Like several others of my books, this one was written primarily to earn the necessary money for publishing more important books, for which I expected the readership to be narrower. The truth is, however, that this one has never sold particularly well. I suppose the reason is that the story it relates is simply beyond anything Westerners have experienced. Nevertheless it tells a true story, one with which Indians generally are familiar.
The Book of Bhrigu tells of an experience I had in November 1959, in the town of Barnala, Punjab. I’d been brought there by students of mine who told me they wanted to introduce me to an unusual phenomenon: an ancient treatise, purported to give prophecies concerning countless individuals, some of them living today; many more of them still to be born in the future.
For me, the particular fascination of this ancient manuscript was and remains (assuming it to be true) the testimony it gives to India’s ancient greatness. If it is true that sages who lived thousands of year ago in India could see so precisely into the future, then surely theirs was no civilization (as modern scholars aver) of mere cowherds!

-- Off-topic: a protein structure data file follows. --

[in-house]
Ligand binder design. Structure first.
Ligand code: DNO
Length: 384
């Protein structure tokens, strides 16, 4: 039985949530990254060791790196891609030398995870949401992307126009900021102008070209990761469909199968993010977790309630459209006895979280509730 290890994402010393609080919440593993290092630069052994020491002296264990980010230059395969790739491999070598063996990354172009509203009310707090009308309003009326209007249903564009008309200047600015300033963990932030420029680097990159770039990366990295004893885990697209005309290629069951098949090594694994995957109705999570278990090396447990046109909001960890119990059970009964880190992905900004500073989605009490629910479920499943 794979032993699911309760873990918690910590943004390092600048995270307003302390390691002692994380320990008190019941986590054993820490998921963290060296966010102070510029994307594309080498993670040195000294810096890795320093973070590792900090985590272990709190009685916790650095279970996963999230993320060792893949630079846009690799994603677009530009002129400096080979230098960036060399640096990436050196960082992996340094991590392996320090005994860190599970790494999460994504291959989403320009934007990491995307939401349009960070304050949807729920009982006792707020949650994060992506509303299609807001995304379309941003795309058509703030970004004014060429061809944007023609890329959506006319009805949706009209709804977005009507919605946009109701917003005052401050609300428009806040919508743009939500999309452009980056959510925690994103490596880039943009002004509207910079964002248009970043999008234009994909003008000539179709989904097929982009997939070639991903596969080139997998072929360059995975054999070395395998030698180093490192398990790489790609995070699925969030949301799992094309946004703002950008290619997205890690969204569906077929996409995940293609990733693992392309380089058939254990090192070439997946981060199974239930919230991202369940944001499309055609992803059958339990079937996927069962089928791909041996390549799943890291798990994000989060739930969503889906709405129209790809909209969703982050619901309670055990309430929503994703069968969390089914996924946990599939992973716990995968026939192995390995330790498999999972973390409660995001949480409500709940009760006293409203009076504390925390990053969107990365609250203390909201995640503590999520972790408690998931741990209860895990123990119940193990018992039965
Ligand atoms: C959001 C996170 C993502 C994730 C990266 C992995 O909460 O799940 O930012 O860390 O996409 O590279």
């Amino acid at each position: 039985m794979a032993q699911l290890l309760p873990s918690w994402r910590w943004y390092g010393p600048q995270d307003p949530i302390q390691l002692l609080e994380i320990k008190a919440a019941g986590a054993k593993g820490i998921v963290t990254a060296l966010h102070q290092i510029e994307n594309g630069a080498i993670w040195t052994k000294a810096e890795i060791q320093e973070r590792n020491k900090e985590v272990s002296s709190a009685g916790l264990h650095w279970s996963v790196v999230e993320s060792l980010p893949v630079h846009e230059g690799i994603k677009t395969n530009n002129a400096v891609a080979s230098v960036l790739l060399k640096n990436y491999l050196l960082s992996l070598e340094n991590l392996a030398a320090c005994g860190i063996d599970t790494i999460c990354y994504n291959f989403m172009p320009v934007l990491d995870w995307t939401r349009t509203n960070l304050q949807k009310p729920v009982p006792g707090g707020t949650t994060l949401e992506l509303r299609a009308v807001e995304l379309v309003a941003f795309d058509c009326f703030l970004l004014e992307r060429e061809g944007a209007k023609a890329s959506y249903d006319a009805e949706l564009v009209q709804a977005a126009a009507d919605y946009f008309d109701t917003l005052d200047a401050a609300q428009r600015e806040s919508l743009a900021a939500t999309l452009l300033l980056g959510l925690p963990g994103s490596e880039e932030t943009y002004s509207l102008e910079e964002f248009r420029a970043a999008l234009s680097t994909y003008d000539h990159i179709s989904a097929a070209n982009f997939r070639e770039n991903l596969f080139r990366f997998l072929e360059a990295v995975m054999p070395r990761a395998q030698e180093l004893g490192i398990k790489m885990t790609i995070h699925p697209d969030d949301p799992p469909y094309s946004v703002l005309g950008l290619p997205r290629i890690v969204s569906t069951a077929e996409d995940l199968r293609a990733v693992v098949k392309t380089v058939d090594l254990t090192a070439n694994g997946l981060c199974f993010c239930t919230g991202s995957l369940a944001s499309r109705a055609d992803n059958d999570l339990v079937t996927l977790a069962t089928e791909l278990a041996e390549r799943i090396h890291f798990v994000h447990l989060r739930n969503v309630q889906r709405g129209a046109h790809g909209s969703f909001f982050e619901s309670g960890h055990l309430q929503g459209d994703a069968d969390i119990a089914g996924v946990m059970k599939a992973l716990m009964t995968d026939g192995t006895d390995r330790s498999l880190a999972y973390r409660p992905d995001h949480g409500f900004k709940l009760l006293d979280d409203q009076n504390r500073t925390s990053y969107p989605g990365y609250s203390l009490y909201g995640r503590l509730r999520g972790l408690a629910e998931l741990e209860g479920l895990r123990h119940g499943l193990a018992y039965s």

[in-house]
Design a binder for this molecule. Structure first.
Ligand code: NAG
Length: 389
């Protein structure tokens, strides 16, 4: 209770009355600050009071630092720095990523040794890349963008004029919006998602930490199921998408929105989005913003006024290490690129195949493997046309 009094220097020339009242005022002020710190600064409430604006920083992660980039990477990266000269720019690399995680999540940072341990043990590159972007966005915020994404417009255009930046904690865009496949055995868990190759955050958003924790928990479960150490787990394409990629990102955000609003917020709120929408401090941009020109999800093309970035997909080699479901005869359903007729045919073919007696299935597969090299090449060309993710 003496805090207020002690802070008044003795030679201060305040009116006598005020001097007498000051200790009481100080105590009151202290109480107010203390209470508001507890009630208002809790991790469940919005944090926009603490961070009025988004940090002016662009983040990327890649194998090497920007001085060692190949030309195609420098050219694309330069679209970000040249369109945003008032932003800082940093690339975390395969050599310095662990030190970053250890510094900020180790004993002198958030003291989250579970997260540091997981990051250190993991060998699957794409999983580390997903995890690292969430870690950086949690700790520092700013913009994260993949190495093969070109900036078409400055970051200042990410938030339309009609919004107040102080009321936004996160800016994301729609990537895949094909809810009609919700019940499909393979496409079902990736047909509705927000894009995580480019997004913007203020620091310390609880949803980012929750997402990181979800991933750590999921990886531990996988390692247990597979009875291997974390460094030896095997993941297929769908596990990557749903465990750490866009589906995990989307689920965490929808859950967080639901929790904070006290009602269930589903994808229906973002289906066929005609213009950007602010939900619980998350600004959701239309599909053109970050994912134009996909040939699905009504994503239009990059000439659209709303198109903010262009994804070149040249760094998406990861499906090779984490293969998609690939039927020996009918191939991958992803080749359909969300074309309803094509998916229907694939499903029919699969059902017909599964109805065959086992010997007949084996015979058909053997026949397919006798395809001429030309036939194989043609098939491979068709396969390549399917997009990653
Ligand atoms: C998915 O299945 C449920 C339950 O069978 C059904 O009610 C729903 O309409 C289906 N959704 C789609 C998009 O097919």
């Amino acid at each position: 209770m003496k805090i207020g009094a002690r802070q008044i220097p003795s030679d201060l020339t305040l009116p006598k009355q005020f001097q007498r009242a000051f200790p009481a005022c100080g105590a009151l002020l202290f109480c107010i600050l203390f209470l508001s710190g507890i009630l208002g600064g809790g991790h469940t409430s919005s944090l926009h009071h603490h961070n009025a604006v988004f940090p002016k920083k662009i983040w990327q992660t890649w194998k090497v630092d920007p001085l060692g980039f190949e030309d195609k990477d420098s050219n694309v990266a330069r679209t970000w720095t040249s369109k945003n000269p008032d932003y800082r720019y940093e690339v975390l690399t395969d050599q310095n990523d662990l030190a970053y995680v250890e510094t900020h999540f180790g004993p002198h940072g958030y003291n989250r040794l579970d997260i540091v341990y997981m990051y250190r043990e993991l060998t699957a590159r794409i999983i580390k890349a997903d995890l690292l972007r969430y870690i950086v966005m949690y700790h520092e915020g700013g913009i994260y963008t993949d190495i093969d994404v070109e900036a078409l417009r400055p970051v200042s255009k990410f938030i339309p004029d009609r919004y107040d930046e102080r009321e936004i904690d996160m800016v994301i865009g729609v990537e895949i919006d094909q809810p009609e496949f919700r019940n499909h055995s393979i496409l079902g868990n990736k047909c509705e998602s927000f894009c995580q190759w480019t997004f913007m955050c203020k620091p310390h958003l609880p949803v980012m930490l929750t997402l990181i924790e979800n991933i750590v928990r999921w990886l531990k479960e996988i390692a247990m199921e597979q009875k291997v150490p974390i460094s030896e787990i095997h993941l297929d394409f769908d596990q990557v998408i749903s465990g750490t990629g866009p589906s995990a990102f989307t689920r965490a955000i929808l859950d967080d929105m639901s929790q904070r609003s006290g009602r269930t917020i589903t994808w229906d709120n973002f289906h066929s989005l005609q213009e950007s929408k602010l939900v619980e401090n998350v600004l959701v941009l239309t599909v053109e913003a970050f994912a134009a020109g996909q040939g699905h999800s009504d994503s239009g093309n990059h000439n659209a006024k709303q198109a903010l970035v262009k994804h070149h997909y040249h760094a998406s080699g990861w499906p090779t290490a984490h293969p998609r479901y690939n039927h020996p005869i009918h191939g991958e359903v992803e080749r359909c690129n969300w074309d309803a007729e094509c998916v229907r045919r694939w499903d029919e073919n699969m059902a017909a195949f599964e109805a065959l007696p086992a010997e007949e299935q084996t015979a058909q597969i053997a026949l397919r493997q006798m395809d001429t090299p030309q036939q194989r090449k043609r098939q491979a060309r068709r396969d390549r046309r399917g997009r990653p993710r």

I found that the manuscript actually contained a page about me, giving accurate information of a kind that no one present that day could have known.
Years later, an Indian who lived in Los Angeles visited me and spoke about this ancient manuscript. Blithely he told me that he’d printed copies of my booklet and given them out to several hundred of his friends. Authors of course have no objection to receiving royalties, even if they don’t earn the money for themselves. I said nothing, however. The fact that this chap had wanted to share my book with his friends was to me, if nothing else, gratifying. Financially, the book had never been profitable.
My visitor related to me several fascinating experiences he and some of his Indian friends had had in connection with the Book of Bhrigu. One account he related was of another Indian in Los Angeles who, during a return visit to India, had gone to the Bhrigu Samhita for a reading. The text said, ‘As this page is being read, there will be a thunderclap.’
‘The sky was completely cloudless,’ said my visitor. ‘There was blue everywhere above. Yet, just as this sentence was being read out loud by the pundit, there came a sudden, loud thunderclap!’
-From The Story Behind the Story